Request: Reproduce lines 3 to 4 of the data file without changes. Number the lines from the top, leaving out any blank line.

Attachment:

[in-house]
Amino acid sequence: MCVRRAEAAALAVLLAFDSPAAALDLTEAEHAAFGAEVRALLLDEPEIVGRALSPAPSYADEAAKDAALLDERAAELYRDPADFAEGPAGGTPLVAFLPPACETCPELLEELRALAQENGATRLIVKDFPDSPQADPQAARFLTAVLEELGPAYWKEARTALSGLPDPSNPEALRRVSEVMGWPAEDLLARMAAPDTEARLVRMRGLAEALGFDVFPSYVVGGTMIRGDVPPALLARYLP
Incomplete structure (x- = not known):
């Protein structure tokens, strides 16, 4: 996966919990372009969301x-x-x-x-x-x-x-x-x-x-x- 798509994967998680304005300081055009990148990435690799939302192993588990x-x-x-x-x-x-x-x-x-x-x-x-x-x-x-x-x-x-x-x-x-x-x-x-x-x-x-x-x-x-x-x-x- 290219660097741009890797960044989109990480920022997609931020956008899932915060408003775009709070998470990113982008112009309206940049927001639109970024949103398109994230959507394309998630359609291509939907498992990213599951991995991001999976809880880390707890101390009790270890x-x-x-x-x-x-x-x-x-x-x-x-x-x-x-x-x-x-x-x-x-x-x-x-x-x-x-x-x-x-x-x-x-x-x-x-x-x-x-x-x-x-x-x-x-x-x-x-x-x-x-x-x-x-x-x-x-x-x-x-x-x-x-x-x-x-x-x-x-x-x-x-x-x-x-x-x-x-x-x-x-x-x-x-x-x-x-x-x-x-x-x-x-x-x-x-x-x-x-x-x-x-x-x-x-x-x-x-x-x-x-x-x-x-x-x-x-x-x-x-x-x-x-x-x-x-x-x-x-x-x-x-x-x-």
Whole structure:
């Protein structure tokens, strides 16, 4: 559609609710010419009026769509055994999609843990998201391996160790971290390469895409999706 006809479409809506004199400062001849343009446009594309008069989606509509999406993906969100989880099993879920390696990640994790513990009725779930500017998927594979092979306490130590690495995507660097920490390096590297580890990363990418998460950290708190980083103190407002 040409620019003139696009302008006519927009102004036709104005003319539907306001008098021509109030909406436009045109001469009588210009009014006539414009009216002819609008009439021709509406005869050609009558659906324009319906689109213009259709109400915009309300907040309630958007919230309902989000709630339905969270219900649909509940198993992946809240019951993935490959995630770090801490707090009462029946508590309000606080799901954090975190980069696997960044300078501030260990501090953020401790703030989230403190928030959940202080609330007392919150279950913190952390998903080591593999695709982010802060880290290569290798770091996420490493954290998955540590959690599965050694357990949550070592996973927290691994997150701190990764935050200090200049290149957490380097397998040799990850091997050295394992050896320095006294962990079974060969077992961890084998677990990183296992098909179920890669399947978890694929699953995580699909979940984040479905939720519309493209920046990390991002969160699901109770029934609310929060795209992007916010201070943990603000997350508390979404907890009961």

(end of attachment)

Incomplete structure (x- = not known):
């Protein structure tokens, strides 16, 4: 996966919990372009969301x-x-x-x-x-x-x-x-x-x-x- 798509994967998680304005300081055009990148990435690799939302192993588990x-x-x-x-x-x-x-x-x-x-x-x-x-x-x-x-x-x-x-x-x-x-x-x-x-x-x-x-x-x-x-x-x- 290219660097741009890797960044989109990480920022997609931020956008899932915060408003775009709070998470990113982008112009309206940049927001639109970024949103398109994230959507394309998630359609291509939907498992990213599951991995991001999976809880880390707890101390009790270890x-x-x-x-x-x-x-x-x-x-x-x-x-x-x-x-x-x-x-x-x-x-x-x-x-x-x-x-x-x-x-x-x-x-x-x-x-x-x-x-x-x-x-x-x-x-x-x-x-x-x-x-x-x-x-x-x-x-x-x-x-x-x-x-x-x-x-x-x-x-x-x-x-x-x-x-x-x-x-x-x-x-x-x-x-x-x-x-x-x-x-x-x-x-x-x-x-x-x-x-x-x-x-x-x-x-x-x-x-x-x-x-x-x-x-x-x-x-x-x-x-x-x-x-x-x-x-x-x-x-x-x-x-x-």